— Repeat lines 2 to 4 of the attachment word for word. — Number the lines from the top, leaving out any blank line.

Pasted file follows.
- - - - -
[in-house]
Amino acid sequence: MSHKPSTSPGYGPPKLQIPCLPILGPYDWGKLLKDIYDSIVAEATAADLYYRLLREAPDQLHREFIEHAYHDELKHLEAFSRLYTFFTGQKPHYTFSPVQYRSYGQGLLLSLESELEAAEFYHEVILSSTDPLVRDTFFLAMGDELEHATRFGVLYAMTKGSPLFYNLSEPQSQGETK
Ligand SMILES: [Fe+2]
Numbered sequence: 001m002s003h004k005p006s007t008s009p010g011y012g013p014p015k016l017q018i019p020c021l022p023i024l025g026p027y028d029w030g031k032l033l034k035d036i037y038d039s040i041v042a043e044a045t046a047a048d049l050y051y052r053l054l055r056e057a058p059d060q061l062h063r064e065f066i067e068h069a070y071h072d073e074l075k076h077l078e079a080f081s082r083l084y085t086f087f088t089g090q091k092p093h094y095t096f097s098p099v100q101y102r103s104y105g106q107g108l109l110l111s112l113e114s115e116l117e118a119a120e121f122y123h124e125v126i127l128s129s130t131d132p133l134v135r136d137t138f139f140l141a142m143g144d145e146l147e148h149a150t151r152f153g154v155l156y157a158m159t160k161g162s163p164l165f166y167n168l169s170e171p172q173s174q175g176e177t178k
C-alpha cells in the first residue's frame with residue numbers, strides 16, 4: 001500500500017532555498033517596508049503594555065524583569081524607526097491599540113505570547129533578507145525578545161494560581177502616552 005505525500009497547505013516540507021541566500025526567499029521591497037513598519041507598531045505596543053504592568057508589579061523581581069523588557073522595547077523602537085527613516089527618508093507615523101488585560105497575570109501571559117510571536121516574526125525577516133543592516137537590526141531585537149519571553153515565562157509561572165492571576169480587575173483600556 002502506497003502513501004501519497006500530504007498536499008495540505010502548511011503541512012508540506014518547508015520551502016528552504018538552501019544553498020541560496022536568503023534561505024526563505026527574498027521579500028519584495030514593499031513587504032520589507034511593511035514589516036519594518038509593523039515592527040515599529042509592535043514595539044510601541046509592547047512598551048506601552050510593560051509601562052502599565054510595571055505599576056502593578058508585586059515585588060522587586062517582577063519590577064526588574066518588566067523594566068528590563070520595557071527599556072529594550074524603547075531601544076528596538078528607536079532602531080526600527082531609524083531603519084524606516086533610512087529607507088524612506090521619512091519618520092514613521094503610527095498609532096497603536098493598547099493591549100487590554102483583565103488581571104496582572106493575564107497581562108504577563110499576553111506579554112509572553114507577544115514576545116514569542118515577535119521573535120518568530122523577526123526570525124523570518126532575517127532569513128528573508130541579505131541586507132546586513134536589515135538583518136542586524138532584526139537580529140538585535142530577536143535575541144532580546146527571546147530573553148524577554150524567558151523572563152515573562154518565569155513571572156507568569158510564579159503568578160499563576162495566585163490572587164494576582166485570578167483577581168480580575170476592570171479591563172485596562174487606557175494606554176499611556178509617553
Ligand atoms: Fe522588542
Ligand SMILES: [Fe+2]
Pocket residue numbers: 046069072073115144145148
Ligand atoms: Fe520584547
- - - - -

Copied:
Amino acid sequence: MSHKPSTSPGYGPPKLQIPCLPILGPYDWGKLLKDIYDSIVAEATAADLYYRLLREAPDQLHREFIEHAYHDELKHLEAFSRLYTFFTGQKPHYTFSPVQYRSYGQGLLLSLESELEAAEFYHEVILSSTDPLVRDTFFLAMGDELEHATRFGVLYAMTKGSPLFYNLSEPQSQGETK
Ligand SMILES: [Fe+2]
Numbered sequence: 001m002s003h004k005p006s007t008s009p010g011y012g013p014p015k016l017q018i019p020c021l022p023i024l025g026p027y028d029w030g031k032l033l034k035d036i037y038d039s040i041v042a043e044a045t046a047a048d049l050y051y052r053l054l055r056e057a058p059d060q061l062h063r064e065f066i067e068h069a070y071h072d073e074l075k076h077l078e079a080f081s082r083l084y085t086f087f088t089g090q091k092p093h094y095t096f097s098p099v100q101y102r103s104y105g106q107g108l109l110l111s112l113e114s115e116l117e118a119a120e121f122y123h124e125v126i127l128s129s130t131d132p133l134v135r136d137t138f139f140l141a142m143g144d145e146l147e148h149a150t151r152f153g154v155l156y157a158m159t160k161g162s163p164l165f166y167n168l169s170e171p172q173s174q175g176e177t178k